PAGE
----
Facebook Buys FriendFeed: What Does It Mean?

Facebook is acquiring content-sharing service FriendFeed, the two companies have confirmed. The entire FriendFeed team of 12 will transition to Facebook, with the four founders taking on senior engineering roles. The value of the deal has not been disclosed.

Inside FriendFeed

Despite strong buzz in the blogosphere, FriendFeed was never able to gain much in the way of mainstream appeal -- in fact, your average social network user probably hasn't even heard of it. It has developed somewhat of a cult following, though, with many tech insiders adopting it and singing its praises. And the team behind FriendFeed has quite the impressive collective résumé.

FriendFeed was founded in 2007 by four former Googlers: Bret Taylor, Jim Norris, Paul Buchheit, and Sanjeev Singh. Before leaving Google, the guys helped design and launch several well-known products, including Gmail, Google Maps, and Google Groups.

FriendFeed was their vision for a centralized sharing service -- kind of like Facebook, only without all the extra stuff. It's basically a content aggregator: You set up an account and connect it to all of your different online services. Then, anytime you post a new update on Twitter, vote up a story on Digg, or write a new blog, it automatically goes through to your FriendFeed stream. People who subscribe to your stream see the updates roll in in real-time and can comment on and discuss them.

The FriendFeed-Facebook Friendship

Over the past months, Facebook has little by little begun to emulate many of FriendFeed's key functions. The ability to "like" items, for example, was a signature FriendFeed feature. Facebook's introduction of a real-time news stream was also largely viewed as a response to FriendFeed's own real-time stream.

Inside the Acquisition

So with the two services merging together, what will change? That part isn't yet fully clear, but a few hints are being dropped. FriendFeed's Taylor suggests that more FriendFeed features will eventually come to the Facebook platform, saying his team will "have the opportunity to bring many of the innovations [it's] developed at FriendFeed to Facebook's 250 million users around the world." The FriendFeed service itself will remain independent and intact -- for now.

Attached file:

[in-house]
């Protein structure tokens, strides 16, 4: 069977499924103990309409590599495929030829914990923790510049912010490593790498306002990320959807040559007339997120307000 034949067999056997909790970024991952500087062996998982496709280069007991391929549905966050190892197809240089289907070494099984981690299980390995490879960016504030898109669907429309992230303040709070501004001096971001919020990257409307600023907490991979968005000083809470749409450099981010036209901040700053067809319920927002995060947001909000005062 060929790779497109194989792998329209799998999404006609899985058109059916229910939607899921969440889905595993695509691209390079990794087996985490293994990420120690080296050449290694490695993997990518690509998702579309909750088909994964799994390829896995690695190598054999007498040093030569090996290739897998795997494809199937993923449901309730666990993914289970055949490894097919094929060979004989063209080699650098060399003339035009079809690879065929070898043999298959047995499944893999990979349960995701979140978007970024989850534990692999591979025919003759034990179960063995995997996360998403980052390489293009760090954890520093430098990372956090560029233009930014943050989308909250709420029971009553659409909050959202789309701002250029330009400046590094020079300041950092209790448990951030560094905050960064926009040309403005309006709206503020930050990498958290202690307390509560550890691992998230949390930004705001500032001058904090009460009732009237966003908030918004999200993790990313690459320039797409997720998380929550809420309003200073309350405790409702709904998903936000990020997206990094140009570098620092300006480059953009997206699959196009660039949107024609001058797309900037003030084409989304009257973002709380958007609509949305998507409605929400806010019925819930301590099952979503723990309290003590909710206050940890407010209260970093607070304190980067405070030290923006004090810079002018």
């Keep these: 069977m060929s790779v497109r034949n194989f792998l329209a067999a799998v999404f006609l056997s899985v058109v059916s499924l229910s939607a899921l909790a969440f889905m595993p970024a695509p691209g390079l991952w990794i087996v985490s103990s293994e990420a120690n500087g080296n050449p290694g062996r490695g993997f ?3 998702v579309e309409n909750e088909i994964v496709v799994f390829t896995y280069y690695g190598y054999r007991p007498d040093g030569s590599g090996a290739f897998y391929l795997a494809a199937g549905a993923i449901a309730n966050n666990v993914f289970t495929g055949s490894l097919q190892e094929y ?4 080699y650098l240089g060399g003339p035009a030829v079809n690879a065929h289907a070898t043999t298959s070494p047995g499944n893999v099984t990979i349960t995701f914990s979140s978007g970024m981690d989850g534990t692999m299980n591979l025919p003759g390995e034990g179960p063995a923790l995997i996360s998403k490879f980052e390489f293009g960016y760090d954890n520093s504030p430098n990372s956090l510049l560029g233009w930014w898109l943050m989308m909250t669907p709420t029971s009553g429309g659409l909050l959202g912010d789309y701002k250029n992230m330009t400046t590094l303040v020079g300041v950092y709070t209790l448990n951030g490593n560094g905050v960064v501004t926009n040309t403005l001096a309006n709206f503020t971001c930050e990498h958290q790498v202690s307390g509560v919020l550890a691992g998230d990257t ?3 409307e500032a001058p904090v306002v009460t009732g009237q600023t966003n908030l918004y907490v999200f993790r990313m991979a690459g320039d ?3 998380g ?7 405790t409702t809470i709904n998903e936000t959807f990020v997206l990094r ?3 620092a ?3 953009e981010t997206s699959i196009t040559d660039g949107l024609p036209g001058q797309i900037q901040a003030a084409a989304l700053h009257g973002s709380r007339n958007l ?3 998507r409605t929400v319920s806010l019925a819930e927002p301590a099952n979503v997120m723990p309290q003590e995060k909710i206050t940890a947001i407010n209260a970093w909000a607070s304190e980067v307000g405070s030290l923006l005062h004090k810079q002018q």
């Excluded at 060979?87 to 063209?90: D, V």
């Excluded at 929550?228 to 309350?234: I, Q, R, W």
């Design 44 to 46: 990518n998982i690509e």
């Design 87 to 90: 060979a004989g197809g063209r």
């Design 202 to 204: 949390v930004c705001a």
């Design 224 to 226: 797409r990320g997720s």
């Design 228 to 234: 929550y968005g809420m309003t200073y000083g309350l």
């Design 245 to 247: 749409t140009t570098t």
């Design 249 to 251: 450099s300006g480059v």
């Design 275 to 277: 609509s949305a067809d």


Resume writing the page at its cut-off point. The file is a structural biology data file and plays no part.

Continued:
"FriendFeed.com will continue to operate normally for the time being," Taylor explains in a blog posted Monday afternoon. "We're still figuring out our longer-term plans for the product with the Facebook team."

Robert Scoble, a blogger and Internet developer widely regarded as FriendFeed's most vocal cheerleader, conducted a phone interview with FriendFeed's Buchheit (published, fittingly, to his FriendFeed stream). In the interview, Buchheit says the deal was completed only this morning. He calls it a "tremendous opportunity" that FriendFeed recognized might not come along again.

"We had no reason to sell the company," he tells Scoble. "We could have continued for quite a number of years."

Buchheit reiterates that no long-term plans have been finalized. He does, however, imply that FriendFeed's current incarnation may not vanish entirely.

"We're completely committed to supporting the users of FriendFeed. We obviously don't want to leave them stranded," he states. "In the long term, we'll have to figure out some plan that makes sense."

Scoble himself calls the deal a "huge win for both companies." His own FriendFeed page is already peppered with more than 200 comments discussing the acquisition.

JR Raphael shows his less serious side at eSarcasm, his new geek humor site. You can also catch him on Twitter: @jr_raphael.

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